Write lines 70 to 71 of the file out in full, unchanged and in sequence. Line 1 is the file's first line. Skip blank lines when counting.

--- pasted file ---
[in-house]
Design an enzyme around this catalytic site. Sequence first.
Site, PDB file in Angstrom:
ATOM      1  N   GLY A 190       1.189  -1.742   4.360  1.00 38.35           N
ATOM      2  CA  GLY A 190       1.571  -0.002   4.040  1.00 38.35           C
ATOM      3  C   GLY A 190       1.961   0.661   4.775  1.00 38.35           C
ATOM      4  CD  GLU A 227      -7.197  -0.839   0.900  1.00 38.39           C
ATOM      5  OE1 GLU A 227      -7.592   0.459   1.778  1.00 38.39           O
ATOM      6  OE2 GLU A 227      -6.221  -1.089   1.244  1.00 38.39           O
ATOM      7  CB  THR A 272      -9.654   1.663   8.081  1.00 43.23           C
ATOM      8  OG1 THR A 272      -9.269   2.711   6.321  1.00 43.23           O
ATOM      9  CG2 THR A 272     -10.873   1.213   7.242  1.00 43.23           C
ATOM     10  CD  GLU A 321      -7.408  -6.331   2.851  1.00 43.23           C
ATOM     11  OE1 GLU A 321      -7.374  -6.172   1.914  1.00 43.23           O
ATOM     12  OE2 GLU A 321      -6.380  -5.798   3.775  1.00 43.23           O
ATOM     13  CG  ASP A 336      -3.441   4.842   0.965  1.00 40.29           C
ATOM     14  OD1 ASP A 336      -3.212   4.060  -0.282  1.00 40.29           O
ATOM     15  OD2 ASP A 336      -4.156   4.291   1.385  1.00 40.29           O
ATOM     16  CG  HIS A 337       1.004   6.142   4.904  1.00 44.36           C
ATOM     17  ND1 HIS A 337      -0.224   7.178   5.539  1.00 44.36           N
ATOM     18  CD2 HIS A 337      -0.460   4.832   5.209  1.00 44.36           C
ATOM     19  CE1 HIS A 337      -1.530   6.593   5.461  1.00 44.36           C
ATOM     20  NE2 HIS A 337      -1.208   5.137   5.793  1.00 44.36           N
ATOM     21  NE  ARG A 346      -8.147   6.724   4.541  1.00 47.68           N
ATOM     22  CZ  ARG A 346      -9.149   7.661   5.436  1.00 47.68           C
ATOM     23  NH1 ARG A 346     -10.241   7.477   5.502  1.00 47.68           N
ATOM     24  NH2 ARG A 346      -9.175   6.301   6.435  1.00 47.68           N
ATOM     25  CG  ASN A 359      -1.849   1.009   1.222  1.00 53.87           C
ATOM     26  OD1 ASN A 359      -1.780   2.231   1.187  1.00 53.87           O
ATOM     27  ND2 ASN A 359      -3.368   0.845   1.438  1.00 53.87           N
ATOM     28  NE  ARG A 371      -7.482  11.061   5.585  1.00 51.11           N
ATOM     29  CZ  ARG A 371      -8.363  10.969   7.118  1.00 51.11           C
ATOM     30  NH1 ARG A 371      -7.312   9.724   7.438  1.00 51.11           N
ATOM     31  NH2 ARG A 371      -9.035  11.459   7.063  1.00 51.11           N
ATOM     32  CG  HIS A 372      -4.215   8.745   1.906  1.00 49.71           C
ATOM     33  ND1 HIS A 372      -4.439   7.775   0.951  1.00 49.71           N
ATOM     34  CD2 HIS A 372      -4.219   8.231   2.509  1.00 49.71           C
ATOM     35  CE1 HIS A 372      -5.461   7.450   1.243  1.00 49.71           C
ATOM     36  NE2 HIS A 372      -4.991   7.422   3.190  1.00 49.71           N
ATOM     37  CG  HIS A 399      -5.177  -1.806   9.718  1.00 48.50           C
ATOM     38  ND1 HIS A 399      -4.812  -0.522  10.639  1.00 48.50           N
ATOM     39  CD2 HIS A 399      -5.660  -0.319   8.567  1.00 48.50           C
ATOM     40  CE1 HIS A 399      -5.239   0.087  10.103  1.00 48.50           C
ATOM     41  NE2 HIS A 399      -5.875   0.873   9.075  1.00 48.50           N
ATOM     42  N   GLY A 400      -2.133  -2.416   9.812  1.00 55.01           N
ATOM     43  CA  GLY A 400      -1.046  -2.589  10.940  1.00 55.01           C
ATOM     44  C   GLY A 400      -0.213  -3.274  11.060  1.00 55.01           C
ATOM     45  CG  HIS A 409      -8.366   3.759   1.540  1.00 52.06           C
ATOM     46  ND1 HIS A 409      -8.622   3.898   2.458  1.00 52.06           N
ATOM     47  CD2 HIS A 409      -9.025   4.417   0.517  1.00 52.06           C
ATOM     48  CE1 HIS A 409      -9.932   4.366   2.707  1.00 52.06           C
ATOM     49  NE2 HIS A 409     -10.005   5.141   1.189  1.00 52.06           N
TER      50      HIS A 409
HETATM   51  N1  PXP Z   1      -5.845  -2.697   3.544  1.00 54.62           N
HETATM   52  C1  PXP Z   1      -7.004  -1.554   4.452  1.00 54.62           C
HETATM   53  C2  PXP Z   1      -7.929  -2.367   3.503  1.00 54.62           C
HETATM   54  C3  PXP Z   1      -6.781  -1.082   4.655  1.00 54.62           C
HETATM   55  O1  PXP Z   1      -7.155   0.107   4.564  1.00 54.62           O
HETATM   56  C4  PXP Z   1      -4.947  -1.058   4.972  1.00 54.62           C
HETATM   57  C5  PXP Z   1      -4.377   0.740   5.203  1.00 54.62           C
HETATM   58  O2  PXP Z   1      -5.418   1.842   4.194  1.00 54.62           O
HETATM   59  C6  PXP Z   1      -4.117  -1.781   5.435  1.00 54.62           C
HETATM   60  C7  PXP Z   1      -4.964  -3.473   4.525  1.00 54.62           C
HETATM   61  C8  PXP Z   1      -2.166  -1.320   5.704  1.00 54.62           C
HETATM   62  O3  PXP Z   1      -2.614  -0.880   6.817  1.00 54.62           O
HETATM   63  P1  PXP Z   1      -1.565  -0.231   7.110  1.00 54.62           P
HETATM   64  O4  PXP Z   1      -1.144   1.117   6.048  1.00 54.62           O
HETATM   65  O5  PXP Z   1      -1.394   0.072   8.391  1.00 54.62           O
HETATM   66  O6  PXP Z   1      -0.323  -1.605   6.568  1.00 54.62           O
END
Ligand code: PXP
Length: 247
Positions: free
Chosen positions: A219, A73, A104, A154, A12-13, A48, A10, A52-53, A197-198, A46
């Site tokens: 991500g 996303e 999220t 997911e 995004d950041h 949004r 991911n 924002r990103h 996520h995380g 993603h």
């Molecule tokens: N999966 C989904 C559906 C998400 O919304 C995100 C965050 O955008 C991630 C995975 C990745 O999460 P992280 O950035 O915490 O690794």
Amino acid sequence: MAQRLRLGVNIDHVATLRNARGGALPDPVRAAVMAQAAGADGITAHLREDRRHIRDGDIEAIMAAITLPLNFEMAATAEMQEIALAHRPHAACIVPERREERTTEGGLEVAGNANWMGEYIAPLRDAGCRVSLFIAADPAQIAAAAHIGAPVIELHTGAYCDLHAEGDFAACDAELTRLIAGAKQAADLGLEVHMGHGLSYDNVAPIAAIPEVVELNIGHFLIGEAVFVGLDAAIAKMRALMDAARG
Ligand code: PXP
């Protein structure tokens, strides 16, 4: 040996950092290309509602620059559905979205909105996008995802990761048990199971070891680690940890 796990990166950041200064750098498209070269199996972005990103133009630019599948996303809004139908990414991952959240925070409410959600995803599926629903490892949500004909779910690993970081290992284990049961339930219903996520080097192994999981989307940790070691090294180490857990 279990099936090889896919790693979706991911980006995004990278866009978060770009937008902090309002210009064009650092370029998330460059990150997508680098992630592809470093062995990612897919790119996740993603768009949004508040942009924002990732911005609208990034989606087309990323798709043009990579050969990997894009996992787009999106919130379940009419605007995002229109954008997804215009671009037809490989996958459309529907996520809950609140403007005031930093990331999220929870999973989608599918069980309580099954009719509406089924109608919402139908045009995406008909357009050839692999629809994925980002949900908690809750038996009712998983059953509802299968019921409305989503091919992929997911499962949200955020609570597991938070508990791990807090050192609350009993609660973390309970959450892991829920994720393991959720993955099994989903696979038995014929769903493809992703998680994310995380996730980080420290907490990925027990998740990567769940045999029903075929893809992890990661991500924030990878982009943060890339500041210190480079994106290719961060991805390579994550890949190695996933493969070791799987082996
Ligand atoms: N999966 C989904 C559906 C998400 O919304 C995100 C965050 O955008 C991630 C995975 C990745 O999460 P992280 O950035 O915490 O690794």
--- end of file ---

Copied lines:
END
Ligand code: PXP